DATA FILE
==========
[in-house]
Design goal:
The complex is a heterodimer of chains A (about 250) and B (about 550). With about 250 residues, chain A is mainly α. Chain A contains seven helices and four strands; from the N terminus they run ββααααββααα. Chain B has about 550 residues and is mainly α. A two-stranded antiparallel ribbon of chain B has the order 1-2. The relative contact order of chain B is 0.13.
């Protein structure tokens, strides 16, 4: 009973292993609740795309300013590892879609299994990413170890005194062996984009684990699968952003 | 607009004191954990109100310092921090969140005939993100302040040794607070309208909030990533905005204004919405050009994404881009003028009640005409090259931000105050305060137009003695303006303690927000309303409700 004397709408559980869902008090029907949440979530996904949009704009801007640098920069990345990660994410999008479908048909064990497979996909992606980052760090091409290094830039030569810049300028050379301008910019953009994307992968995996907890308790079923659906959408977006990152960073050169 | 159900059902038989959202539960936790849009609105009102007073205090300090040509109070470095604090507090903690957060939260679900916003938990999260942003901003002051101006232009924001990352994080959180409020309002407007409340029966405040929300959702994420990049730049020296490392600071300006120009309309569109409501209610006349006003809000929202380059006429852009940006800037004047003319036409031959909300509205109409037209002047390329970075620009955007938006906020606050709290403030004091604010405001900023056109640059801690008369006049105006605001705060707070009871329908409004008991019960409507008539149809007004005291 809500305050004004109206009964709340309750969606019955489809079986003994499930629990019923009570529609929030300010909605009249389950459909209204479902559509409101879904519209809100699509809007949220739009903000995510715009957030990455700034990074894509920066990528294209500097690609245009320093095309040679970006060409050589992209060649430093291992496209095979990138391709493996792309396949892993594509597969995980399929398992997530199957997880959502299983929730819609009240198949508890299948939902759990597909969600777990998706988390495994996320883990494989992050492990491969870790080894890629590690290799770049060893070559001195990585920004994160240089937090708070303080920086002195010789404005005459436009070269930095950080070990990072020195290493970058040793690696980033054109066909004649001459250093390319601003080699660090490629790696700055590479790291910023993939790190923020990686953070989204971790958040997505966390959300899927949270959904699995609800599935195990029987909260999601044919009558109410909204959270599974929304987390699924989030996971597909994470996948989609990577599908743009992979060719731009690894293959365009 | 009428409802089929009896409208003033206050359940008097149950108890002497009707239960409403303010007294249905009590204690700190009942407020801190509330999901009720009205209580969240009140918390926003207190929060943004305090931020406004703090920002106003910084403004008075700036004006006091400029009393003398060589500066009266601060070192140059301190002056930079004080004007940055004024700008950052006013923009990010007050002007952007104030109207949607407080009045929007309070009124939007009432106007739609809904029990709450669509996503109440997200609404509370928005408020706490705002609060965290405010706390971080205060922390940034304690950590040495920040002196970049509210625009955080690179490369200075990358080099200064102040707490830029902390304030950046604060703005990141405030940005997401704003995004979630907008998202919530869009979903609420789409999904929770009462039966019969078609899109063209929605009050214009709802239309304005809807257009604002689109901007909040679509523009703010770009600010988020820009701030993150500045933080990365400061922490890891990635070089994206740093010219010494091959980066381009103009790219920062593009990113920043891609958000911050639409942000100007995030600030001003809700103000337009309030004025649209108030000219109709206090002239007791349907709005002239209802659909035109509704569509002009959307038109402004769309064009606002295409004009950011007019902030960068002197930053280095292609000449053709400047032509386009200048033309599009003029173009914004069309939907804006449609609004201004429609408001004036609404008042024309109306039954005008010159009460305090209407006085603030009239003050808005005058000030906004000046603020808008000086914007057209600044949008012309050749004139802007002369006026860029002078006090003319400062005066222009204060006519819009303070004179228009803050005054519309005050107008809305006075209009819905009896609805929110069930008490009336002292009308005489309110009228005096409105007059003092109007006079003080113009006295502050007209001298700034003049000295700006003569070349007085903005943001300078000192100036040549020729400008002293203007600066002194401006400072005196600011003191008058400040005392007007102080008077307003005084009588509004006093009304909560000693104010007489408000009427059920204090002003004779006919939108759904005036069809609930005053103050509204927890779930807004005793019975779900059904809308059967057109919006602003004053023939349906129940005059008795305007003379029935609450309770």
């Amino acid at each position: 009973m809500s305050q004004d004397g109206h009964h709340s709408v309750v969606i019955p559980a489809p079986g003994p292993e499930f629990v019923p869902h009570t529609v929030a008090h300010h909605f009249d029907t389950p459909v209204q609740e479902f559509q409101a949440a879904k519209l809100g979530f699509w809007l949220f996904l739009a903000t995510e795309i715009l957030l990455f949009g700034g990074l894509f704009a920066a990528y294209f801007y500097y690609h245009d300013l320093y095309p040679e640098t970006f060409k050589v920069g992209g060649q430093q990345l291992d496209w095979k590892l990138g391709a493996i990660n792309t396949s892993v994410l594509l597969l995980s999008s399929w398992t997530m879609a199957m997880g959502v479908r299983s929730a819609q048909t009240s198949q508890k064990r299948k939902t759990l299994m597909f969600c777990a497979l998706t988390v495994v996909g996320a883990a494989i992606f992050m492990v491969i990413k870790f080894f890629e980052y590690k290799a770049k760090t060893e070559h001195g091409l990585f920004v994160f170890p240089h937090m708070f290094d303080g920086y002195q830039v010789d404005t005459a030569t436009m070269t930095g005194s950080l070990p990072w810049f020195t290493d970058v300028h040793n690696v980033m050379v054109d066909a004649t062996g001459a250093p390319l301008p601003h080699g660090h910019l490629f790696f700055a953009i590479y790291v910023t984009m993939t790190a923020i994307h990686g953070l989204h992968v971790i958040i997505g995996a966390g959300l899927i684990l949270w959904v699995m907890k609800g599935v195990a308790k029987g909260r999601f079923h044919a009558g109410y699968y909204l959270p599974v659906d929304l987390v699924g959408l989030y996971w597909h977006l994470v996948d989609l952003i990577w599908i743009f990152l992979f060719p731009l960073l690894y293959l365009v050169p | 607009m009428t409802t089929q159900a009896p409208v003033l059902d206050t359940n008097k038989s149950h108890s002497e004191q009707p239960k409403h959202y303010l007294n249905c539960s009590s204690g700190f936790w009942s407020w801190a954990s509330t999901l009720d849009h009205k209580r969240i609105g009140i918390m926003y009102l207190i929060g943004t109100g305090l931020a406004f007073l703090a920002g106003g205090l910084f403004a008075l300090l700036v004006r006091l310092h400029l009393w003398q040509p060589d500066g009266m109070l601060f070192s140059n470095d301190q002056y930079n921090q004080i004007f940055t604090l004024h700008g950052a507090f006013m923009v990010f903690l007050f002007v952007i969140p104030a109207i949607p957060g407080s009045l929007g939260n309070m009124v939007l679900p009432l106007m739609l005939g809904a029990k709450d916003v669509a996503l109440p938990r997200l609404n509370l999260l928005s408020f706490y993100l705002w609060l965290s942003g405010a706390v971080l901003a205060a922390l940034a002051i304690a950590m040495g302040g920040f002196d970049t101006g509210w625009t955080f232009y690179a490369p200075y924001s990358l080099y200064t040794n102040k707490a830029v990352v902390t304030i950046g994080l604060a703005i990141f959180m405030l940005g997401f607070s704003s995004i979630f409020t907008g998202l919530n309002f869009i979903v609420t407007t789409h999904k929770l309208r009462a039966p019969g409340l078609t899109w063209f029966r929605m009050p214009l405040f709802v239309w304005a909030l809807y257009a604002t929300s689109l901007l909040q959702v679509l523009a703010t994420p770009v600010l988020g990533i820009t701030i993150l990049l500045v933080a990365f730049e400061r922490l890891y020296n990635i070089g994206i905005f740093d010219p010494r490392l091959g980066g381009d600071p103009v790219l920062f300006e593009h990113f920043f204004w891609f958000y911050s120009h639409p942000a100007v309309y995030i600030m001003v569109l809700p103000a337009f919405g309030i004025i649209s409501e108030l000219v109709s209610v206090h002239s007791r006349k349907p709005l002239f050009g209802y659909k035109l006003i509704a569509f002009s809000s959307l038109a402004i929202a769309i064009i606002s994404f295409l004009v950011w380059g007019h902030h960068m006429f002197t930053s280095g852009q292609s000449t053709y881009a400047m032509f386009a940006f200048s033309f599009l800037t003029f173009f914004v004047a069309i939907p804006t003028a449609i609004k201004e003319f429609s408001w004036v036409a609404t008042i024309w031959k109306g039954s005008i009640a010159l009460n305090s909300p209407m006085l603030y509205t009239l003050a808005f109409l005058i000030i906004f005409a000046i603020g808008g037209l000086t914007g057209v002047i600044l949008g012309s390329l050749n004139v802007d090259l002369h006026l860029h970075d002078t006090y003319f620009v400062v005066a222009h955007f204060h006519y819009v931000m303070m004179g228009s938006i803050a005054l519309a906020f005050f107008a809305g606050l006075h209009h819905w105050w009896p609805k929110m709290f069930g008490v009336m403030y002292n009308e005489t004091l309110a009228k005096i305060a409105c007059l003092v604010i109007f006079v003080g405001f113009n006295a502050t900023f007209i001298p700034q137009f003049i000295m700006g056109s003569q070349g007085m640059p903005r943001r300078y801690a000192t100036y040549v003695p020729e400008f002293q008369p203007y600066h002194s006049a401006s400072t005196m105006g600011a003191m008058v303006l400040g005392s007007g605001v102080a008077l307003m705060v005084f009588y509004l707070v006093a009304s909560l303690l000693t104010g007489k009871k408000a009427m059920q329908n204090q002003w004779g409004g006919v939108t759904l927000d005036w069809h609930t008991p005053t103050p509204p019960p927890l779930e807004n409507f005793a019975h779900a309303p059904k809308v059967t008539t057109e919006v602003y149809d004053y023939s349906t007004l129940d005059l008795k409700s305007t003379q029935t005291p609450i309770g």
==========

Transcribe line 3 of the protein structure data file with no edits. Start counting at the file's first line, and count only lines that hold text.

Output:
The complex is a heterodimer of chains A (about 250) and B (about 550). With about 250 residues, chain A is mainly α. Chain A contains seven helices and four strands; from the N terminus they run ββααααββααα. Chain B has about 550 residues and is mainly α. A two-stranded antiparallel ribbon of chain B has the order 1-2. The relative contact order of chain B is 0.13.